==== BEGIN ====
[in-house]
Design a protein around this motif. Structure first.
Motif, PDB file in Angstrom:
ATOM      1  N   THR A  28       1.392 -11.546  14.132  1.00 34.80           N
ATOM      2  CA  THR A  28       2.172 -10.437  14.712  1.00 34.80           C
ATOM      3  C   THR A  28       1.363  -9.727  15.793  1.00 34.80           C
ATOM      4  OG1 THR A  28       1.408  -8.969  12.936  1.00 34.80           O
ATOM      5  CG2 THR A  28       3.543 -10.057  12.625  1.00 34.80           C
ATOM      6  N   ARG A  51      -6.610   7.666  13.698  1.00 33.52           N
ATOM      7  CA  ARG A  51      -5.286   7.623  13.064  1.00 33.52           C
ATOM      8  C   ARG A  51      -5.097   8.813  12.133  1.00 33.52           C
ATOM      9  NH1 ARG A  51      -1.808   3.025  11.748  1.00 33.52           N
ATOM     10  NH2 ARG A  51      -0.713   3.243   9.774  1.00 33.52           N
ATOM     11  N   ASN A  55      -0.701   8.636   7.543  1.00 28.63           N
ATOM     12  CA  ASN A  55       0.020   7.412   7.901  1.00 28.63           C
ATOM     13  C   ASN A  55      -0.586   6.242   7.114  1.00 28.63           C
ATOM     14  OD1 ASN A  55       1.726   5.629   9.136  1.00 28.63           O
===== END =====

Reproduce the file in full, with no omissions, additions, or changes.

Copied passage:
[in-house]
Design a protein around this motif. Structure first.
Motif, PDB file in Angstrom:
ATOM      1  N   THR A  28       1.392 -11.546  14.132  1.00 34.80           N
ATOM      2  CA  THR A  28       2.172 -10.437  14.712  1.00 34.80           C
ATOM      3  C   THR A  28       1.363  -9.727  15.793  1.00 34.80           C
ATOM      4  OG1 THR A  28       1.408  -8.969  12.936  1.00 34.80           O
ATOM      5  CG2 THR A  28       3.543 -10.057  12.625  1.00 34.80           C
ATOM      6  N   ARG A  51      -6.610   7.666  13.698  1.00 33.52           N
ATOM      7  CA  ARG A  51      -5.286   7.623  13.064  1.00 33.52           C
ATOM      8  C   ARG A  51      -5.097   8.813  12.133  1.00 33.52           C
ATOM      9  NH1 ARG A  51      -1.808   3.025  11.748  1.00 33.52           N
ATOM     10  NH2 ARG A  51      -0.713   3.243   9.774  1.00 33.52           N
ATOM     11  N   ASN A  55      -0.701   8.636   7.543  1.00 28.63           N
ATOM     12  CA  ASN A  55       0.020   7.412   7.901  1.00 28.63           C
ATOM     13  C   ASN A  55      -0.586   6.242   7.114  1.00 28.63           C
ATOM     14  OD1 ASN A  55       1.726   5.629   9.136  1.00 28.63           O